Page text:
As said before, to have a strong Comic Company, you need a; or a few, strong comics. And the foundation of a strong comic are strong characters. Both leading and background characters. Don't just focus on a great hero, and have a so-so villain. And the same goes the opposite way, don't focus on a great villain and have a so-so hero. You need to take your time on all aspects of every character and try to make them as good as you can.
First, what is a strong character? What makes him strong besides the fact that he can lift a lot of weight and not just talk the talk in your comics. A strong character includes details and an intricate webbing of history to his life. That is unless he is not your normal hero. (use this kind of character sparingly) Enough talk, let's dive in to making a strong character.
Start your character as a normal person, or as a hero. This means, don't start making the hero as you also make the alias. Take May Parker for example, if you were to create her, you wouldn't start by saying. May Parker is athletic and also has an egotistical competition with the Daredevil. You don't always need a name right away either. First start making one of the sides of you character. (Note that some characters will have one side, you won't use an alias. They will be known to the public like the Fantastic Four.)
After you have a good bit of one side of your character, written down of course, begin the other side, and start to match them up. Begin molding each side to fit in to the other so that the character makes since and is interesting at the same time.
There are a few ways of doing this. To show you, I'm going to start creating a character. While I do this, you should either start creating your character or start modifying one you already have. Mine doesn't have a name yet, but we'll call him Henry just for the sake of you understanding who I'm talking about. I'll start with Henry's personal life. He is pretty popular in school, and he gets good grades. He also usually hangs out with all the pretty girls but he makes sure to never show off. (Now since he sounds like perfect already, you're going to have to find some way to let the reader relate with the character.) Most readers will not be your average Henry, and this can be a problem because the reader won't feel the same feelings that the character is feeling.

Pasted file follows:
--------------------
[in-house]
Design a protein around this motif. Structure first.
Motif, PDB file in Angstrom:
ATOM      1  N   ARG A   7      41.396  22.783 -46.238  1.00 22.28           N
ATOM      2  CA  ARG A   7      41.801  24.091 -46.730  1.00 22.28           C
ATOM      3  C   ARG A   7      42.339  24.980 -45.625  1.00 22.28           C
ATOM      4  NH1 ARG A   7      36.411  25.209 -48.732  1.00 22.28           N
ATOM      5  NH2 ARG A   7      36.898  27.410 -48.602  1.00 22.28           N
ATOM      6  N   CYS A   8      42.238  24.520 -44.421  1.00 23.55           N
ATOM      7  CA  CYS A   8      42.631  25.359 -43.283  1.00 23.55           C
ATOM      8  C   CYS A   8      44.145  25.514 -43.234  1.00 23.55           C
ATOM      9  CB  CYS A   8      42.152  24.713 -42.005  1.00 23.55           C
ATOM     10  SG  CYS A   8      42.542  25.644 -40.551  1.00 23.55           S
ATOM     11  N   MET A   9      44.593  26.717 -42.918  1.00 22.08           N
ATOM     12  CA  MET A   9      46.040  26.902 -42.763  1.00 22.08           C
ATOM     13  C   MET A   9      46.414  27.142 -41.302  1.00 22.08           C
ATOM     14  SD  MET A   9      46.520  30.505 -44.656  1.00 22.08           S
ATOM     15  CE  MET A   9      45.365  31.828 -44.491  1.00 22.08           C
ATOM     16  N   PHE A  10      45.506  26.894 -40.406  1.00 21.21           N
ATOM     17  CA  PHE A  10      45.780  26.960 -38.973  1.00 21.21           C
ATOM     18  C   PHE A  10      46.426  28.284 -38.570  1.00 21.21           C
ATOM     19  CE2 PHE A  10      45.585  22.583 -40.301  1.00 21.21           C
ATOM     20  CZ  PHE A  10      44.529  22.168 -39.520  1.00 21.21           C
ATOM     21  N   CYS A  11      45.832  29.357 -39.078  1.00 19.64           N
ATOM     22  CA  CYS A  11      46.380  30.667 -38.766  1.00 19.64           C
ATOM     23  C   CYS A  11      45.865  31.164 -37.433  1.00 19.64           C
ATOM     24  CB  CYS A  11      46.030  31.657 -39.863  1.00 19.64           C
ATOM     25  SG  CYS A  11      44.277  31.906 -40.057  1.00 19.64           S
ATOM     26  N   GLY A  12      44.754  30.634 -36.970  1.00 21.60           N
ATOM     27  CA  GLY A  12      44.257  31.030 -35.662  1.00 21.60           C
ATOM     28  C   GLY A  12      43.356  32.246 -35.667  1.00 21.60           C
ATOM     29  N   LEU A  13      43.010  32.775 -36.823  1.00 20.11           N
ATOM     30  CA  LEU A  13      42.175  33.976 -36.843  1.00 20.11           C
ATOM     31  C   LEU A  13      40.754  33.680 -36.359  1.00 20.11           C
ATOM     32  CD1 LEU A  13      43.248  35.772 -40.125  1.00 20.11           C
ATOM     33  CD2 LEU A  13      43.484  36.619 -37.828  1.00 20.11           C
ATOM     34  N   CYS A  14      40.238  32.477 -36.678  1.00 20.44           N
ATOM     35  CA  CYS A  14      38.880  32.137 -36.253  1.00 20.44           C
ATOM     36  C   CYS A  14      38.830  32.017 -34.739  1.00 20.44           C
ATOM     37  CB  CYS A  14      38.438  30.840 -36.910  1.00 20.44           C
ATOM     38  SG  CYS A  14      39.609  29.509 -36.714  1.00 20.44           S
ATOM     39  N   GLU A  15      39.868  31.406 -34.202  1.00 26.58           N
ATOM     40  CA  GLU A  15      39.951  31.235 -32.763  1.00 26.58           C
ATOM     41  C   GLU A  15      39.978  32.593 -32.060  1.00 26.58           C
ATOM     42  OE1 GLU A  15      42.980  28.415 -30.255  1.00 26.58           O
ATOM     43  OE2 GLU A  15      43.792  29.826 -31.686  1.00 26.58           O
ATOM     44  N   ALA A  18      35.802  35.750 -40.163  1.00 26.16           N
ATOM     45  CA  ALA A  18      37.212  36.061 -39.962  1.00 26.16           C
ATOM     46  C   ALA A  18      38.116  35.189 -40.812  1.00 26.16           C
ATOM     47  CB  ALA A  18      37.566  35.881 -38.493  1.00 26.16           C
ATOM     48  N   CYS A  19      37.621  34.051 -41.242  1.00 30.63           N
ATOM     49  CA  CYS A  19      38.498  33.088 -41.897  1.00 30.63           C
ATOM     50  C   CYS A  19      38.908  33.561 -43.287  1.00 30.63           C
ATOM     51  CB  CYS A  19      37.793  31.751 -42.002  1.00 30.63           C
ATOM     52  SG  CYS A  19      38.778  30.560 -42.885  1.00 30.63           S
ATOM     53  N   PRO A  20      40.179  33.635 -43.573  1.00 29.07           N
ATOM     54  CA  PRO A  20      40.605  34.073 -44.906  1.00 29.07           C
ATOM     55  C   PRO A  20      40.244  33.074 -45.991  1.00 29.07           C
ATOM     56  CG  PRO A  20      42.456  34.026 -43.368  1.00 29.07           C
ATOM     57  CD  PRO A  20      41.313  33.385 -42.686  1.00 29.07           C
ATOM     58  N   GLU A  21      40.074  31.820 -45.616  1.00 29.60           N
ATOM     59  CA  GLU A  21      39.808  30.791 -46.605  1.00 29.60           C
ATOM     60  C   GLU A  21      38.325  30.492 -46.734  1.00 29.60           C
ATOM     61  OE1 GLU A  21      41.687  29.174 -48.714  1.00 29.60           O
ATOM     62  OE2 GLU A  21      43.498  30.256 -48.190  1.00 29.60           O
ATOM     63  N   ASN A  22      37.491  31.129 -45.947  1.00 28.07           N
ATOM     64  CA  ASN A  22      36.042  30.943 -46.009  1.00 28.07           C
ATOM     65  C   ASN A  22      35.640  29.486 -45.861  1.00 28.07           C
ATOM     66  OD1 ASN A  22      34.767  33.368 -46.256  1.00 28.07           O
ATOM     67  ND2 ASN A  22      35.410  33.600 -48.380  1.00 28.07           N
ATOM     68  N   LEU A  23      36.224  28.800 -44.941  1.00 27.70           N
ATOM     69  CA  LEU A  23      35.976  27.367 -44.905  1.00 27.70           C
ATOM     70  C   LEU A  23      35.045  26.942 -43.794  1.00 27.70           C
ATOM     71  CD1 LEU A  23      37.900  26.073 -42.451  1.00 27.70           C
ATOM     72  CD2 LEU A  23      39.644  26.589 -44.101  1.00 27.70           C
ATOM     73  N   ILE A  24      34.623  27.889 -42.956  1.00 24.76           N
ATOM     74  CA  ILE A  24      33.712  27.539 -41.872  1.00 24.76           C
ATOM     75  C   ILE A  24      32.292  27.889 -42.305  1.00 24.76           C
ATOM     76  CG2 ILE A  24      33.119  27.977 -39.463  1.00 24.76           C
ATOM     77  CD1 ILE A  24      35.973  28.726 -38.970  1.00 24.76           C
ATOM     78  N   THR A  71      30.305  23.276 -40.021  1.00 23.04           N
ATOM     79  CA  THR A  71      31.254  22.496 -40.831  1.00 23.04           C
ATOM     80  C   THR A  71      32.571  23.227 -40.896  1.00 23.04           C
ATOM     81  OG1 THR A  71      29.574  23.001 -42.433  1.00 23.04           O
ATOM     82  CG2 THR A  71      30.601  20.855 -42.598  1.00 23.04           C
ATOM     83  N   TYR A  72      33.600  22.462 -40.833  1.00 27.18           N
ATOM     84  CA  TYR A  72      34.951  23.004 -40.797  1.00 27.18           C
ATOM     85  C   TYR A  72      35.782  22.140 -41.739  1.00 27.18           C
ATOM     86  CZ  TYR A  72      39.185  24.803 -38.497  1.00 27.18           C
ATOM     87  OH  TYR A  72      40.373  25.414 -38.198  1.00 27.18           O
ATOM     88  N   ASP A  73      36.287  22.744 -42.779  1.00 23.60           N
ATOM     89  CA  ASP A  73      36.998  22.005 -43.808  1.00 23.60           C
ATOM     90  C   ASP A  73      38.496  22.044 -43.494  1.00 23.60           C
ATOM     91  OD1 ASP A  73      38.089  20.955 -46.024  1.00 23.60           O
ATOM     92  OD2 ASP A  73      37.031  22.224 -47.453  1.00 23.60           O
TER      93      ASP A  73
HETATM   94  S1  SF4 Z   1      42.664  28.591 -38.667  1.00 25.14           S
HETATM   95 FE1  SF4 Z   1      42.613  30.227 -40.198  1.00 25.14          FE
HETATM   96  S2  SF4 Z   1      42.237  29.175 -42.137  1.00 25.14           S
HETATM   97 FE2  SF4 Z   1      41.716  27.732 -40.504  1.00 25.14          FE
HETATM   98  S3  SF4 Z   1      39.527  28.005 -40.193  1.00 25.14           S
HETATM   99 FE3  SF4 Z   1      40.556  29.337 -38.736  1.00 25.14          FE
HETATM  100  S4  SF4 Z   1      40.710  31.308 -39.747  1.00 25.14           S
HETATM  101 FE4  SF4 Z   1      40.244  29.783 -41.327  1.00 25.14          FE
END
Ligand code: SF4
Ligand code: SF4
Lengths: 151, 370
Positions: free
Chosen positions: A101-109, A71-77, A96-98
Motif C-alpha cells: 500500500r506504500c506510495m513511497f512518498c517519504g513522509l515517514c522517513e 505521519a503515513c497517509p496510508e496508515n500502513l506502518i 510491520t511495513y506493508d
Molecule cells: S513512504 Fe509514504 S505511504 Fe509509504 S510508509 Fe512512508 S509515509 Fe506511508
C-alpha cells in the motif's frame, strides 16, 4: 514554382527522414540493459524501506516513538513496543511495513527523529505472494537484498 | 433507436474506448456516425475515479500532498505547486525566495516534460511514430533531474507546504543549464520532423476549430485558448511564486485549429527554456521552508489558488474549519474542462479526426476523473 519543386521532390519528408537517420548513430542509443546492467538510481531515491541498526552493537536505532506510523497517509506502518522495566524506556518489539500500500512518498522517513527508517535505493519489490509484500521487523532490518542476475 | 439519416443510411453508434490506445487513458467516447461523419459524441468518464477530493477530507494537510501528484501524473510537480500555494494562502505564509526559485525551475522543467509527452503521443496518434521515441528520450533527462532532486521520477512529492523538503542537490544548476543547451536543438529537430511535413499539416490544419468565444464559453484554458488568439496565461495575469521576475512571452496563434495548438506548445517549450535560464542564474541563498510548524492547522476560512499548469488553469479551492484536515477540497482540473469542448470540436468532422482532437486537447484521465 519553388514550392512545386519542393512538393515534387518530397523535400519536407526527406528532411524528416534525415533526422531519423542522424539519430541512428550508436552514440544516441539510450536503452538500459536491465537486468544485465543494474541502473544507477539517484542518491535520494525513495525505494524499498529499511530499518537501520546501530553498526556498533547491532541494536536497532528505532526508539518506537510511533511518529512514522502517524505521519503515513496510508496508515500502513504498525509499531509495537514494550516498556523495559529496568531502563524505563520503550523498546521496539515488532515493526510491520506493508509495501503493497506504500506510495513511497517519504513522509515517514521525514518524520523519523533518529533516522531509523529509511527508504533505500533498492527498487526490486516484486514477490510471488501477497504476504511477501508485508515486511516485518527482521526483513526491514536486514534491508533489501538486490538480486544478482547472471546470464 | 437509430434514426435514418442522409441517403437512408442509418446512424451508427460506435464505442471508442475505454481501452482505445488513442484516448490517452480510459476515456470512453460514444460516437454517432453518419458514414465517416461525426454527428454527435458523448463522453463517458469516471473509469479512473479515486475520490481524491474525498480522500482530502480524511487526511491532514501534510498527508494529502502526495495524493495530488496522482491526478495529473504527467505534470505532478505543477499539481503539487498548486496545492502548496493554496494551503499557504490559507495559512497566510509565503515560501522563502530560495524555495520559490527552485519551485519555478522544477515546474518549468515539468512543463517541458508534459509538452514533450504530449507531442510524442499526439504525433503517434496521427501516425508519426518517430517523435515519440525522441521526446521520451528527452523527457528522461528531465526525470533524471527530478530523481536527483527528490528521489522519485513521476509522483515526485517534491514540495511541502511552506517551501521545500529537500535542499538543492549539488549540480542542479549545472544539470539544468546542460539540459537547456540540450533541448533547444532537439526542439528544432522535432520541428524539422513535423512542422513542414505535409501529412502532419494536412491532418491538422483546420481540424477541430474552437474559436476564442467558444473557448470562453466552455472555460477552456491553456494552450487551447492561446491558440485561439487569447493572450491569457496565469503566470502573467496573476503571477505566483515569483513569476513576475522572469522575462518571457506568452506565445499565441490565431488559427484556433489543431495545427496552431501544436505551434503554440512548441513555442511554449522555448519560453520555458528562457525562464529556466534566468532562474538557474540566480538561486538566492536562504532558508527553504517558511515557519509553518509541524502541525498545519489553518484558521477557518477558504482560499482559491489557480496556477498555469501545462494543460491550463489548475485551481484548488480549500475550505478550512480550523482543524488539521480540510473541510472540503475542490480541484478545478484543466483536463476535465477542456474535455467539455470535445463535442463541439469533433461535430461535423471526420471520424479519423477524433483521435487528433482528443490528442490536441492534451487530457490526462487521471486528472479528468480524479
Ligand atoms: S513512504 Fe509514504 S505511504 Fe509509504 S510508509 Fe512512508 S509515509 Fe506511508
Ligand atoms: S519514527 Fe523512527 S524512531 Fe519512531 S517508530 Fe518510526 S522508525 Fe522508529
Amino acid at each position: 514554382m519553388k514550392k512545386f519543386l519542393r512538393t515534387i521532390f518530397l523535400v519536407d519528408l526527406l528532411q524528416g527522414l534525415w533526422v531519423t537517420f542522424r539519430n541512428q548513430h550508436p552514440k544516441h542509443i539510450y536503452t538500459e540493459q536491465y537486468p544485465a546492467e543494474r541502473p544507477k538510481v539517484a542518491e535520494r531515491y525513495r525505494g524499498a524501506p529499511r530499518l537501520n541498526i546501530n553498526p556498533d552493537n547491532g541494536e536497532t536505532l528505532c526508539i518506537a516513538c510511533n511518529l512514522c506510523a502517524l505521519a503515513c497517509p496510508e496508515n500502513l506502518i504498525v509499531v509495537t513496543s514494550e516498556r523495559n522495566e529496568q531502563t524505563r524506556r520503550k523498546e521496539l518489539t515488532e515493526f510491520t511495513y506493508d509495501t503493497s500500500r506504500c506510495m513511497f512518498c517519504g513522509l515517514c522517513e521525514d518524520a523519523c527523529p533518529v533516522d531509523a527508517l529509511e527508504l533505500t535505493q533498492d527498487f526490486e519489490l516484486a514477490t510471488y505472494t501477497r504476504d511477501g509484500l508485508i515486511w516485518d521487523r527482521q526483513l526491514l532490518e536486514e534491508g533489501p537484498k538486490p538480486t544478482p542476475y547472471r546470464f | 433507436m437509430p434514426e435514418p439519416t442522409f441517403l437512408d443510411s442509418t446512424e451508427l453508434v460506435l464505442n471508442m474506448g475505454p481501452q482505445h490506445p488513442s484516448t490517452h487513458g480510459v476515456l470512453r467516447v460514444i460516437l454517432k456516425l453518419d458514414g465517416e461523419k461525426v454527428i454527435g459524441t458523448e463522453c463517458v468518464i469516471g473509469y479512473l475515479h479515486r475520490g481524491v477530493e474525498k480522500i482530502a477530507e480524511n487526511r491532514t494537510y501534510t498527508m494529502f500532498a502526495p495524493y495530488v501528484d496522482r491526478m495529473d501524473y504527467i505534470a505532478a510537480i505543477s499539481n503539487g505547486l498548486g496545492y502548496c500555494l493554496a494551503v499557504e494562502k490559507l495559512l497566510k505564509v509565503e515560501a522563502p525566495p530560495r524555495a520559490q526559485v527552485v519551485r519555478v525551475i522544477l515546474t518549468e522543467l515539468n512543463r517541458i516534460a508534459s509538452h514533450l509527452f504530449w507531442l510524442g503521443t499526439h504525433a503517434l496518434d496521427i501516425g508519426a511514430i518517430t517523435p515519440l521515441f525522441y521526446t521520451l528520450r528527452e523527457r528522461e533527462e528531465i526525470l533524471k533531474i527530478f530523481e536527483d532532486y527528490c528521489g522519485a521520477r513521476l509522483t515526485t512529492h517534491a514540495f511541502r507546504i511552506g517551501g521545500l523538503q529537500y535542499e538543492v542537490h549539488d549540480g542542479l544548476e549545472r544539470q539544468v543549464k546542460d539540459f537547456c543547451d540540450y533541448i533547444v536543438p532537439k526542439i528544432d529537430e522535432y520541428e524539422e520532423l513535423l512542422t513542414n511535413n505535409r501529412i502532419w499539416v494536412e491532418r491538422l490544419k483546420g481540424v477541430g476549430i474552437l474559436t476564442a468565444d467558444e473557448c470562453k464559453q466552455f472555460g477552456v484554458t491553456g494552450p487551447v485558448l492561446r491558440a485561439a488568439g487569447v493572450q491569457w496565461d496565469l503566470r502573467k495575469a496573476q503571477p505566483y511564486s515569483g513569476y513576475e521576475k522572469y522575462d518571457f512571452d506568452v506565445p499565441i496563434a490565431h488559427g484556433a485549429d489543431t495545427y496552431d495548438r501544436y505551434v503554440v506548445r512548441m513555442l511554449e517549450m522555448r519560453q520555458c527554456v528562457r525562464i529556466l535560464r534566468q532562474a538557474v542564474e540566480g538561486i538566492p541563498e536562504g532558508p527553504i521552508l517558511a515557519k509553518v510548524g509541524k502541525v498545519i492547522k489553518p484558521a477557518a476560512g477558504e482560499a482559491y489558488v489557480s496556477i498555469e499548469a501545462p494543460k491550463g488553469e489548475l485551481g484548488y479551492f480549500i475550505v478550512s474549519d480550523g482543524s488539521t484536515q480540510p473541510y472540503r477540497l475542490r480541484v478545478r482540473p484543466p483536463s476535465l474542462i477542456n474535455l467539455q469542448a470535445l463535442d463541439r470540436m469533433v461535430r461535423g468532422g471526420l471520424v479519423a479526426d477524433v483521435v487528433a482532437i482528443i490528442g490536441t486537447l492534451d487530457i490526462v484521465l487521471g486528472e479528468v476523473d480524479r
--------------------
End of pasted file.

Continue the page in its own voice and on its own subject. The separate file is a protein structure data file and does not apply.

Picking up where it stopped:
We have a pretty good basis for a character, we have to start developing a good superhero that matches him now. (If Henry is a superhero, he may be a villain or so on) We don't need a name for Henry's superhero yet either, so we'll call his hero alias Henrydude. Henrydude is very quick and strong, (Explaining his ability to be good at athletics) and he is also pretty smart and quick, as in figuring out problems. (Now explaining for his good grades) Henry is now a character, but he needs a personality.
Figuring out his personality will set alot of things. For example, he likes to joke a lot and hangs out with friends, he'll most likely have a lot of slang in his vocabulary. He will also wear regular clothes like jeans and t-shirts. But if he is rich and hangs out with his butler, then he'll probably have a proper vocabulary and will be a bit of a snob. Let's start designing out character's personality! Also note that this is where we make up for his being so perfect earlier and we let him have a personality that readers can relate with.
Henry is going to be a teenager whose parents are divorced. He lives in the ghetto part of town with his mom and they aren't to well off as far as money goes. (A lot of readers have divorced parents or aren't to rich) This gives him a personality of, "Hey, I know how it feels to not get everything I want, and I also know how it feels to pray every night that we get supper the next day." His personality so far also gives his vocabulary slang but mostly proper grammar because of his good grades and outlook towards others.
You can go on and on with this character; however, right now I won't because of your limited time that you can look at the computer monitor without hurting your eyes. (Just as in example though, you can go on from here with why he is a superhero, maybe sadness from his parents separation etc.) And for his superhero personality, stay pretty close to the personality of your character so not to confuse readers, but change some things the superhero does.
For example, Peter Parker isn't to quick to make witty comments when Spider-Man on the other hand is full of them. This is because he does not have the confidence as Peter Parker to make them. Apply techniques like this to your character too. But remember to be original!
We have a good personality and vocabulary etc. of a character now. We have so much more than you think already though. We also have posture, (Henry for example slouches because he doesn't feel like he's good enough to stand straight since he is kind of poor) and we have what kind of friends our hero hangs out with. His friends effects if he is into stuff, like drugs, or drawing etc. and the list goes on!
If at any point in developing your character, you don't know what kind of a person does what. (Like you don't know how drunks act etc.) Then you need to watch people who are close to your character or what you want your character to be like. Pay attention to grammar, posture, clothing and other details. Also remember while doing this to always write down your ideas, even if you don't think you'll keep them. One idea will lead to another till you perfect your characters. You can always erase old ones and put in better.
It just takes time to create great characters, but in the end it is worth it. Make sure you take the same amount of time for your background characters as you do for you lead characters too. That's all for creating strong characters. Check back here later for the next article, Entertaining Storylines.
- Joseph Lookabaugh